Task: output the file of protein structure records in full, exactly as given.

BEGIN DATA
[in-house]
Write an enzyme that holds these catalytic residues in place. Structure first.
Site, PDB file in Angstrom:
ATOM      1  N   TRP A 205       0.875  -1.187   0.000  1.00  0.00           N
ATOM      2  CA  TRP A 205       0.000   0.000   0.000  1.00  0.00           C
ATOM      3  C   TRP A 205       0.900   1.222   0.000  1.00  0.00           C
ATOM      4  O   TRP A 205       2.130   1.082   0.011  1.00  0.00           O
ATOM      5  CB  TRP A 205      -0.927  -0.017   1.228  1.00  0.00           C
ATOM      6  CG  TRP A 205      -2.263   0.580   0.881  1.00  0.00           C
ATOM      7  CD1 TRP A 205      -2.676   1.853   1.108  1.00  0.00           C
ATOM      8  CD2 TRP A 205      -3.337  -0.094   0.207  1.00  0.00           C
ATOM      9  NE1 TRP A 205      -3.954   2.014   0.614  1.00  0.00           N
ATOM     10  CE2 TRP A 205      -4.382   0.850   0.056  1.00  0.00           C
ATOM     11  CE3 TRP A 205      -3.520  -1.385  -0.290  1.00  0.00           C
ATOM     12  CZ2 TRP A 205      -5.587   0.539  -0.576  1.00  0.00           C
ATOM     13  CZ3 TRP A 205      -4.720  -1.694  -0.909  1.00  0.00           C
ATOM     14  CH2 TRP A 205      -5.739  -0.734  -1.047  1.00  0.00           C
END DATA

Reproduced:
[in-house]
Write an enzyme that holds these catalytic residues in place. Structure first.
Site, PDB file in Angstrom:
ATOM      1  N   TRP A 205       0.875  -1.187   0.000  1.00  0.00           N
ATOM      2  CA  TRP A 205       0.000   0.000   0.000  1.00  0.00           C
ATOM      3  C   TRP A 205       0.900   1.222   0.000  1.00  0.00           C
ATOM      4  O   TRP A 205       2.130   1.082   0.011  1.00  0.00           O
ATOM      5  CB  TRP A 205      -0.927  -0.017   1.228  1.00  0.00           C
ATOM      6  CG  TRP A 205      -2.263   0.580   0.881  1.00  0.00           C
ATOM      7  CD1 TRP A 205      -2.676   1.853   1.108  1.00  0.00           C
ATOM      8  CD2 TRP A 205      -3.337  -0.094   0.207  1.00  0.00           C
ATOM      9  NE1 TRP A 205      -3.954   2.014   0.614  1.00  0.00           N
ATOM     10  CE2 TRP A 205      -4.382   0.850   0.056  1.00  0.00           C
ATOM     11  CE3 TRP A 205      -3.520  -1.385  -0.290  1.00  0.00           C
ATOM     12  CZ2 TRP A 205      -5.587   0.539  -0.576  1.00  0.00           C
ATOM     13  CZ3 TRP A 205      -4.720  -1.694  -0.909  1.00  0.00           C
ATOM     14  CH2 TRP A 205      -5.739  -0.734  -1.047  1.00  0.00           C